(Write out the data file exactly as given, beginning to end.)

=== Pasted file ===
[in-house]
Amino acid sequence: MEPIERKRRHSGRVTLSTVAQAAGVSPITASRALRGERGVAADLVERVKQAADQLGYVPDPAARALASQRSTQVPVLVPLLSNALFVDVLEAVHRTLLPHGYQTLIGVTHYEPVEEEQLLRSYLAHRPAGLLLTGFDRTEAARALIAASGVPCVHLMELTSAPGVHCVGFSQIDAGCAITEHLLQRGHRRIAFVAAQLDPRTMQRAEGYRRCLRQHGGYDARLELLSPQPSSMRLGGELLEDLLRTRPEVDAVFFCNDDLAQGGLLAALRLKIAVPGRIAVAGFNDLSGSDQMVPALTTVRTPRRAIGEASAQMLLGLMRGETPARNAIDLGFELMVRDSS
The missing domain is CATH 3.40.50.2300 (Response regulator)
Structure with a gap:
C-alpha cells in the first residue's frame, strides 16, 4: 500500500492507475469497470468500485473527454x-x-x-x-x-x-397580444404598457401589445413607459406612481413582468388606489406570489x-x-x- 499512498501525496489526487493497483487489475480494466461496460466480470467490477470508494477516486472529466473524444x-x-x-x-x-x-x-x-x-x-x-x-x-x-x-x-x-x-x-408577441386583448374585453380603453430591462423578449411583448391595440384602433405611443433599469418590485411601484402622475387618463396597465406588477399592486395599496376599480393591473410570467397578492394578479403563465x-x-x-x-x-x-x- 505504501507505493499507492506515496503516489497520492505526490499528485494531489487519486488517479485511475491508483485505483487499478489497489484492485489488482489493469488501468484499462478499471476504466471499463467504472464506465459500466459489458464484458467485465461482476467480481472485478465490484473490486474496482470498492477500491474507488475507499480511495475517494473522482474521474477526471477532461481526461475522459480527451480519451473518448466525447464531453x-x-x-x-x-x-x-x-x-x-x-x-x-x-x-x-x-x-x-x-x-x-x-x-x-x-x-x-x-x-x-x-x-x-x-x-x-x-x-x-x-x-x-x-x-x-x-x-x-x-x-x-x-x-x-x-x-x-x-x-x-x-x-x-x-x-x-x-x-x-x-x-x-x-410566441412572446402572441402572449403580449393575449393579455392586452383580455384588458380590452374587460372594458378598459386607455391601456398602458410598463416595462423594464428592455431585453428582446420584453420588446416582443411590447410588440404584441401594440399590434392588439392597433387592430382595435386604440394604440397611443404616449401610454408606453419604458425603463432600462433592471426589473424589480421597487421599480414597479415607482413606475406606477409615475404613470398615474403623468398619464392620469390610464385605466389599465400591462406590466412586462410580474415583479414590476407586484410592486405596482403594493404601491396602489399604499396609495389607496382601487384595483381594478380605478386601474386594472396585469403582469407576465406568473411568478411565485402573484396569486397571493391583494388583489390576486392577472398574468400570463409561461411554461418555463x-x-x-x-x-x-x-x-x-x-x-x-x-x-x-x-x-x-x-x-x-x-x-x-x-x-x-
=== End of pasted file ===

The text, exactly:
[in-house]
Amino acid sequence: MEPIERKRRHSGRVTLSTVAQAAGVSPITASRALRGERGVAADLVERVKQAADQLGYVPDPAARALASQRSTQVPVLVPLLSNALFVDVLEAVHRTLLPHGYQTLIGVTHYEPVEEEQLLRSYLAHRPAGLLLTGFDRTEAARALIAASGVPCVHLMELTSAPGVHCVGFSQIDAGCAITEHLLQRGHRRIAFVAAQLDPRTMQRAEGYRRCLRQHGGYDARLELLSPQPSSMRLGGELLEDLLRTRPEVDAVFFCNDDLAQGGLLAALRLKIAVPGRIAVAGFNDLSGSDQMVPALTTVRTPRRAIGEASAQMLLGLMRGETPARNAIDLGFELMVRDSS
The missing domain is CATH 3.40.50.2300 (Response regulator)
Structure with a gap:
C-alpha cells in the first residue's frame, strides 16, 4: 500500500492507475469497470468500485473527454x-x-x-x-x-x-397580444404598457401589445413607459406612481413582468388606489406570489x-x-x- 499512498501525496489526487493497483487489475480494466461496460466480470467490477470508494477516486472529466473524444x-x-x-x-x-x-x-x-x-x-x-x-x-x-x-x-x-x-x-408577441386583448374585453380603453430591462423578449411583448391595440384602433405611443433599469418590485411601484402622475387618463396597465406588477399592486395599496376599480393591473410570467397578492394578479403563465x-x-x-x-x-x-x- 505504501507505493499507492506515496503516489497520492505526490499528485494531489487519486488517479485511475491508483485505483487499478489497489484492485489488482489493469488501468484499462478499471476504466471499463467504472464506465459500466459489458464484458467485465461482476467480481472485478465490484473490486474496482470498492477500491474507488475507499480511495475517494473522482474521474477526471477532461481526461475522459480527451480519451473518448466525447464531453x-x-x-x-x-x-x-x-x-x-x-x-x-x-x-x-x-x-x-x-x-x-x-x-x-x-x-x-x-x-x-x-x-x-x-x-x-x-x-x-x-x-x-x-x-x-x-x-x-x-x-x-x-x-x-x-x-x-x-x-x-x-x-x-x-x-x-x-x-x-x-x-x-x-410566441412572446402572441402572449403580449393575449393579455392586452383580455384588458380590452374587460372594458378598459386607455391601456398602458410598463416595462423594464428592455431585453428582446420584453420588446416582443411590447410588440404584441401594440399590434392588439392597433387592430382595435386604440394604440397611443404616449401610454408606453419604458425603463432600462433592471426589473424589480421597487421599480414597479415607482413606475406606477409615475404613470398615474403623468398619464392620469390610464385605466389599465400591462406590466412586462410580474415583479414590476407586484410592486405596482403594493404601491396602489399604499396609495389607496382601487384595483381594478380605478386601474386594472396585469403582469407576465406568473411568478411565485402573484396569486397571493391583494388583489390576486392577472398574468400570463409561461411554461418555463x-x-x-x-x-x-x-x-x-x-x-x-x-x-x-x-x-x-x-x-x-x-x-x-x-x-x-